“Change might not be fast and it isn’t always easy. But with time and effort, almost any habit can be reshaped.”
– Charles Duhigg, The Power of Habit
Becoming minimalists requires us to replace our old habits of spending too much time, money and energy on unimportant things with new minimalist habits.
For most of us, building and breaking habits is hard. Luckily, scientists study this sort of thing, and they’ve discovered some ways to make it easier.
“A nail is driven out by another nail; habit is overcome by habit.”
Charles Duhigg writes about “a simple neurological loop at the core of every habit.” This loop consists of a cue, a routine and a reward. To substitute a new habit for an old one, you first describe the loop.
The routine is what most of us would call the bad habit, and it’s easy to name. It could be eating junk food, mindlessly watching TV or shopping when you don’t need anything.
“If the only way you could read an email was to run a mile first, the urge would quickly die. Human beings constantly do subconscious effort/reward calculations.”
– Andrew Weil
In most cases, it’s harder to figure out the reward. You’ll usually need to spend some time researching this, making your own life into a science experiment.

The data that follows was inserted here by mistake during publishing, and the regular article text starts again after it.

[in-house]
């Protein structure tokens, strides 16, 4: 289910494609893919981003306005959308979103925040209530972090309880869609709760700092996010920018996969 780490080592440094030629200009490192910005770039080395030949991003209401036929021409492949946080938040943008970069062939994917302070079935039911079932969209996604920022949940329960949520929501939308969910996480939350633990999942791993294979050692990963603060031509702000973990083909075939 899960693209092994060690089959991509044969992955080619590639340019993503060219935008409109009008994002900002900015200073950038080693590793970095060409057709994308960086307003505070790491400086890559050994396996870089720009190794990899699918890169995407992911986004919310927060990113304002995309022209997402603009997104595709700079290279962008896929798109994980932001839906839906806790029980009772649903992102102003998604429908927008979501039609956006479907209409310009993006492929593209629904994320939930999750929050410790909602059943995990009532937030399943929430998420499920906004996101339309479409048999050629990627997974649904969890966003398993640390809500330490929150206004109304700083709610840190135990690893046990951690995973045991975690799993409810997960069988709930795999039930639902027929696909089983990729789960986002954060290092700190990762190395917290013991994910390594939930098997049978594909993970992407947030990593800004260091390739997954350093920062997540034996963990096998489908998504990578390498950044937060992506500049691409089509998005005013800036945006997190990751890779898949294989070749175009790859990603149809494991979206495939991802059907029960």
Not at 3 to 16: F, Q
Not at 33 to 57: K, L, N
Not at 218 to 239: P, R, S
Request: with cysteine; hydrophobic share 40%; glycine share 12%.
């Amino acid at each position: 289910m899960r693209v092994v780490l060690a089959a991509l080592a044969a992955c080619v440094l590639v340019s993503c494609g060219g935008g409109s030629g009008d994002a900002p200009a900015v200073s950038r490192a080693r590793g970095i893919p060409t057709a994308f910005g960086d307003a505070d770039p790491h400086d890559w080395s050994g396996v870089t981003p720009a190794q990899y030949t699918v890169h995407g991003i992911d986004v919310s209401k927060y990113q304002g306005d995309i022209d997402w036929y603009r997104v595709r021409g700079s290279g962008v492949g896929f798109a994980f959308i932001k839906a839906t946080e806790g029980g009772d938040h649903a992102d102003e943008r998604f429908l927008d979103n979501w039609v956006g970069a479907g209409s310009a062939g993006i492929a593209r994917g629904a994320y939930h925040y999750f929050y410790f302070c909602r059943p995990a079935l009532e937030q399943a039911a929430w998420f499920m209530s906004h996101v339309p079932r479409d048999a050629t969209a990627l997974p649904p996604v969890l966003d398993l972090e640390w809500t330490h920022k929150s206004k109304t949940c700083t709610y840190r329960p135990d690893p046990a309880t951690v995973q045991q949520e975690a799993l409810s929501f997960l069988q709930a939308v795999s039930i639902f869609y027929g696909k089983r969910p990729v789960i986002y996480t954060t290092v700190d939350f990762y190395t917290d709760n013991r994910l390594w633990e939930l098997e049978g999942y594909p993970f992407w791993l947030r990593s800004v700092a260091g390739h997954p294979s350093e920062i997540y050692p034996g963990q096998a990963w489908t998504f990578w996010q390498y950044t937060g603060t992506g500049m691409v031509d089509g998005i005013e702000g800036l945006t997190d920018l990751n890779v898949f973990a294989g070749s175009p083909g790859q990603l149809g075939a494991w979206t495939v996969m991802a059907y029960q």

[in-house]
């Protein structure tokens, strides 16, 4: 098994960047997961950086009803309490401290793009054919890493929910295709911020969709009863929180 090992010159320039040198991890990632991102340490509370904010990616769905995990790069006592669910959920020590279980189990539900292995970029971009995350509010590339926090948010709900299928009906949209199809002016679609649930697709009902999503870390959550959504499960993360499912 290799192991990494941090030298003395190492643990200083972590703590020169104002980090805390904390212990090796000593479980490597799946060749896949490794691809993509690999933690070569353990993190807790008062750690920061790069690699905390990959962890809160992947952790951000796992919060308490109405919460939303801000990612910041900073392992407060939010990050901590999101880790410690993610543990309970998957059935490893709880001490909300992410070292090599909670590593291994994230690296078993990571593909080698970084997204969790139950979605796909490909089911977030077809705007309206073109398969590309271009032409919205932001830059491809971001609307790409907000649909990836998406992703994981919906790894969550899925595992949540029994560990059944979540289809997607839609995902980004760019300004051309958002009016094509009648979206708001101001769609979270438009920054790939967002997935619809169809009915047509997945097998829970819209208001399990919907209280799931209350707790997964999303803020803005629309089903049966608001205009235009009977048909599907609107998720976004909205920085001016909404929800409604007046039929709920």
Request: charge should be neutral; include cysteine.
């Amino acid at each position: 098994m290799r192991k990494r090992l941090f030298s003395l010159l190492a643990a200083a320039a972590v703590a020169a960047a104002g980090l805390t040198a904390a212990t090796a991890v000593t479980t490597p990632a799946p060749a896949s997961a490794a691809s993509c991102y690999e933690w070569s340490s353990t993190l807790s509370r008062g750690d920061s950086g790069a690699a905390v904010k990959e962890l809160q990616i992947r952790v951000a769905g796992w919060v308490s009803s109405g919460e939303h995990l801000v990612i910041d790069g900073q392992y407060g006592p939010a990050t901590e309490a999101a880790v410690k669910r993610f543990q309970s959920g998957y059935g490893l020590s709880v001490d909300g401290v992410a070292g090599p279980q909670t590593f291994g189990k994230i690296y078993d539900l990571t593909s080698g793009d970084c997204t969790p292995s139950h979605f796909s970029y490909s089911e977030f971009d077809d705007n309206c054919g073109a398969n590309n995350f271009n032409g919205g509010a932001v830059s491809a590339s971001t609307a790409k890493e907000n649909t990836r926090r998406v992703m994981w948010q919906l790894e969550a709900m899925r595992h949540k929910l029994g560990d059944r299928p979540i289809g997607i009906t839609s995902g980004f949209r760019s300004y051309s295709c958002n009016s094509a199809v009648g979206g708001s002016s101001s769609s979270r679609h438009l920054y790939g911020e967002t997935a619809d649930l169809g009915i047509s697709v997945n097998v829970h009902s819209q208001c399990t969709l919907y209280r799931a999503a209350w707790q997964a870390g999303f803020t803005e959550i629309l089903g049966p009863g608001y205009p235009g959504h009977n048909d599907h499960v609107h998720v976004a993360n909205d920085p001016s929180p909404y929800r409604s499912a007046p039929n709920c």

Let’s take shopping when you don’t need anything as an example. You’ll conduct your experiment by doing something different each time you feel like going shopping.
That is, you’ll change your routine, each time trying something new (one of the minimalist habits you’d like to have). You might go for a walk, read a book, visit a library, meet a friend for coffee or sit in the park.
There are patterns which emerge in one’s life, circling and returning anew, an endless variation of a theme.”
― Jacqueline Carey
If you’re like me, you might think this is silly and try to skip this step. Despite being pretty good at following rules, I’m always tempted to skip steps.
The problem is that we often think our reward is one thing, but it’s really something completely different. Only by testing out different reward scenarios can we find the common themes in the routines that satisfy our cravings.
Duhigg suggests that, 15 minutes after each experiment, you ask yourself if you still feel like going shopping. Tip: set a timer so you don’t forget.
If you just needed a change of scenery, you probably lost the urge to shop with almost every alternative. Or, maybe what you needed was some exercise, and the walk satisfied your craving to shop.
If your reward is social time, meeting a friend for coffee should have worked. Maybe you just needed other people around you, but didn’t want to really interact. If that’s the case, your visit to the library or park will have worked.
If you’ve tried an alternate routine and still feel like shopping, you haven’t found the reward yet. Keep experimenting.
“If you do not change direction, you may end up where you are heading.”
– Lao Tzu
Once you’ve identified the routine and the reward, you need to figure out the cue.
Experiments show that almost all cues fall into one of these categories: place, time, emotional state, other people or an immediately preceding action.